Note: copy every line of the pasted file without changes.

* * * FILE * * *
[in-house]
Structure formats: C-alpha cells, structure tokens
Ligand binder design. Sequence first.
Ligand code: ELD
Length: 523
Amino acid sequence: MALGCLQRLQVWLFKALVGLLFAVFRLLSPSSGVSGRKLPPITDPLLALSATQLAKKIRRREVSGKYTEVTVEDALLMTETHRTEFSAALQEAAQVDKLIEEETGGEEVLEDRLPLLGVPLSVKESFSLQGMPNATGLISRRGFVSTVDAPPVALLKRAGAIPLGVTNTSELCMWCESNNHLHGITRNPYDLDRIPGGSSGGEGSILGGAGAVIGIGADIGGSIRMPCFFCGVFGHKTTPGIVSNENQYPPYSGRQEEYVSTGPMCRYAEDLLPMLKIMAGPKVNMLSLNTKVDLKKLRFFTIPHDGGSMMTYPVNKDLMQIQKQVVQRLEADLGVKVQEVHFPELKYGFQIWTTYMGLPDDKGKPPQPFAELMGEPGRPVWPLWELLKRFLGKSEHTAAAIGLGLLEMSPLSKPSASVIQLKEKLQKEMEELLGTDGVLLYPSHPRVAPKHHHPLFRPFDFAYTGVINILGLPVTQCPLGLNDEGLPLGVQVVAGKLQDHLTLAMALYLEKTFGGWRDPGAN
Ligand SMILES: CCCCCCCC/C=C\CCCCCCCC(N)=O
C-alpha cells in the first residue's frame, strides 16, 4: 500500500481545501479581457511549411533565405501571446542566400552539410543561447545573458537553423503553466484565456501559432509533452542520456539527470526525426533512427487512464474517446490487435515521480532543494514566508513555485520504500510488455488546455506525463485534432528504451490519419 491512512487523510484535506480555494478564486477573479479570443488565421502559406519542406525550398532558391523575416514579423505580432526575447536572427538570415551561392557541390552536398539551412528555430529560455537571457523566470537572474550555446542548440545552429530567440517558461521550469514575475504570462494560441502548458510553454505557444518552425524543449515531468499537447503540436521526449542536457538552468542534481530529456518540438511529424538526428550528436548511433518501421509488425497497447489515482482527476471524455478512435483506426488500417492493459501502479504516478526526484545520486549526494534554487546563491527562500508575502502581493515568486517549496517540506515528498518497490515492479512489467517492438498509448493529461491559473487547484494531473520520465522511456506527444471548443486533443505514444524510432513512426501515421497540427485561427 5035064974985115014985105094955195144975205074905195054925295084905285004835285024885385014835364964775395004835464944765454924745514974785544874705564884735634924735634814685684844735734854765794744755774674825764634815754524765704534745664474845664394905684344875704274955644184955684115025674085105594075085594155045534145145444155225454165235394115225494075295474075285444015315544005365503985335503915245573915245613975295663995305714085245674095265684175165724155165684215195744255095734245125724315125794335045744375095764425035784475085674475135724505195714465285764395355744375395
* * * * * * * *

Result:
[in-house]
Structure formats: C-alpha cells, structure tokens
Ligand binder design. Sequence first.
Ligand code: ELD
Length: 523
Amino acid sequence: MALGCLQRLQVWLFKALVGLLFAVFRLLSPSSGVSGRKLPPITDPLLALSATQLAKKIRRREVSGKYTEVTVEDALLMTETHRTEFSAALQEAAQVDKLIEEETGGEEVLEDRLPLLGVPLSVKESFSLQGMPNATGLISRRGFVSTVDAPPVALLKRAGAIPLGVTNTSELCMWCESNNHLHGITRNPYDLDRIPGGSSGGEGSILGGAGAVIGIGADIGGSIRMPCFFCGVFGHKTTPGIVSNENQYPPYSGRQEEYVSTGPMCRYAEDLLPMLKIMAGPKVNMLSLNTKVDLKKLRFFTIPHDGGSMMTYPVNKDLMQIQKQVVQRLEADLGVKVQEVHFPELKYGFQIWTTYMGLPDDKGKPPQPFAELMGEPGRPVWPLWELLKRFLGKSEHTAAAIGLGLLEMSPLSKPSASVIQLKEKLQKEMEELLGTDGVLLYPSHPRVAPKHHHPLFRPFDFAYTGVINILGLPVTQCPLGLNDEGLPLGVQVVAGKLQDHLTLAMALYLEKTFGGWRDPGAN
Ligand SMILES: CCCCCCCC/C=C\CCCCCCCC(N)=O
C-alpha cells in the first residue's frame, strides 16, 4: 500500500481545501479581457511549411533565405501571446542566400552539410543561447545573458537553423503553466484565456501559432509533452542520456539527470526525426533512427487512464474517446490487435515521480532543494514566508513555485520504500510488455488546455506525463485534432528504451490519419 491512512487523510484535506480555494478564486477573479479570443488565421502559406519542406525550398532558391523575416514579423505580432526575447536572427538570415551561392557541390552536398539551412528555430529560455537571457523566470537572474550555446542548440545552429530567440517558461521550469514575475504570462494560441502548458510553454505557444518552425524543449515531468499537447503540436521526449542536457538552468542534481530529456518540438511529424538526428550528436548511433518501421509488425497497447489515482482527476471524455478512435483506426488500417492493459501502479504516478526526484545520486549526494534554487546563491527562500508575502502581493515568486517549496517540506515528498518497490515492479512489467517492438498509448493529461491559473487547484494531473520520465522511456506527444471548443486533443505514444524510432513512426501515421497540427485561427 5035064974985115014985105094955195144975205074905195054925295084905285004835285024885385014835364964775395004835464944765454924745514974785544874705564884735634924735634814685684844735734854765794744755774674825764634815754524765704534745664474845664394905684344875704274955644184955684115025674085105594075085594155045534145145444155225454165235394115225494075295474075285444015315544005365503985335503915245573915245613975295663995305714085245674095265684175165724155165684215195744255095734245125724315125794335045744375095764425035784475085674475135724505195714465285764395355744375395